Troubleshooting MBR Problems
Common issues related to a bad or missing MBR
- "Operating System Not Found" error when booting Windows
- "Missing Operating System" error when booting Windows
- The error message "NTLDR is Missing" is displayed when booting Windows
"Operating System Not Found" or "Missing Operating System" at boot time Summary: Upon starting your Windows based computer you receive the error message that the operating system is missing or not found. This error typically indicates a corrupt or missing MBR, or could also indicate that no active (bootable) partition exists on the hard disk. In any case, the BIOS is unable to transfer control to a valid boot record and displays this error message before terminating.
- Step 1: Run MBRWizard to determine the problem. See How can I see my disk information? for assistance getting this information.
- Step 2: Is there an Active partition on the disk? If not, you will need to identify a primary partition to set active from the previous step, this is typically the first partition on the disk. Note the position (Pos), then jump to How do I set a partition active? for detail on performing this step. Make certain to replace the partition # in the example with the partition # you want to set active.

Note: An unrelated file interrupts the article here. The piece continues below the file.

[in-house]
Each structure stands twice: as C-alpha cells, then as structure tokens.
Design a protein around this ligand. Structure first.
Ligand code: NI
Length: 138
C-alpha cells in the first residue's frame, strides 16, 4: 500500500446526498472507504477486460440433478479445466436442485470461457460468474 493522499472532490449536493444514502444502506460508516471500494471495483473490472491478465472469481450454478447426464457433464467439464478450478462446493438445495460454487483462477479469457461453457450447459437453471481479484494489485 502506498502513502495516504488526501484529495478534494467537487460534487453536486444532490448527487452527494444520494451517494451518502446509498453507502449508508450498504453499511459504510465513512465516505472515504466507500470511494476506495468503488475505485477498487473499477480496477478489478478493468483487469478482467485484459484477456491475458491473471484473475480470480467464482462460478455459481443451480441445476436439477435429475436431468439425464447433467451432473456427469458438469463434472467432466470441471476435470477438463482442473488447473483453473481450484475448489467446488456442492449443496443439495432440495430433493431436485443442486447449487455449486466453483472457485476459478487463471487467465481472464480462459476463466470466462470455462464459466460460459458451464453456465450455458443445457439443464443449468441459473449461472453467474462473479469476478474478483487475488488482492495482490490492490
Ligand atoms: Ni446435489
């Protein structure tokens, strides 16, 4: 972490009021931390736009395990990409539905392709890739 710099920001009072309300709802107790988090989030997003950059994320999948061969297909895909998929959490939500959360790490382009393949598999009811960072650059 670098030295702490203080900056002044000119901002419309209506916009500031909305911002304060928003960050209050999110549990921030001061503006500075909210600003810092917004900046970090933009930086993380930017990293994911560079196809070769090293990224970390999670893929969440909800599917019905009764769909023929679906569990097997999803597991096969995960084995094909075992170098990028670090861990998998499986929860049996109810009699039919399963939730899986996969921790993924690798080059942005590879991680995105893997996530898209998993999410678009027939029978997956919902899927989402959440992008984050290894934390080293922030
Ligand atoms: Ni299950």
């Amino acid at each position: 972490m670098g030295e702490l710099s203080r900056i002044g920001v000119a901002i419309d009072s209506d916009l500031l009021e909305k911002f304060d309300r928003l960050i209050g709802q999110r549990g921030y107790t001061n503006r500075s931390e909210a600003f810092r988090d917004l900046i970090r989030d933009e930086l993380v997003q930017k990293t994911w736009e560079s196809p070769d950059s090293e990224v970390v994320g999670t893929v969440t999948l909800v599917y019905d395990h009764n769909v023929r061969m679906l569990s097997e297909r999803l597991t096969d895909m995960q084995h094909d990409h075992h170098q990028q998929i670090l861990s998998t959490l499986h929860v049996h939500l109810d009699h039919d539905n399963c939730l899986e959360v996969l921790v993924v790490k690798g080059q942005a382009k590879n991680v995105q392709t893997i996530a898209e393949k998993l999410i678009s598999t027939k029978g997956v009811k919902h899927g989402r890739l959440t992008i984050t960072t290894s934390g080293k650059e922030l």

- Step 3: If the problem persists you probably have a corrupt boot loader, which is the piece that turns control over to the NTLoader to continue booting. In this situation we need to repair the MBR, see the sample instructions How do I repair the MBR? which will replace the boot loader code with the original code installed with Windows.
- Step 4: If the problem still exists, check the BIOS settings, making sure the hard disk is being properly recognized. Other possible causes may be a bad hard disk, or perhaps Windows (or other operating system) is not installed.
"NTLDR is Missing" at boot time Summary: Upon starting your Windows based machine you receive the error message that NTLDR is missing. This error indicates one of several potential problems, but frequently indicates a corrupt or missing MBR.
- Run MBRWizard in repair mode, this will lay down a new XP boot record, while leaving the partition table untouched.
If the problem still exists after repair, you can find additional information on this problem here.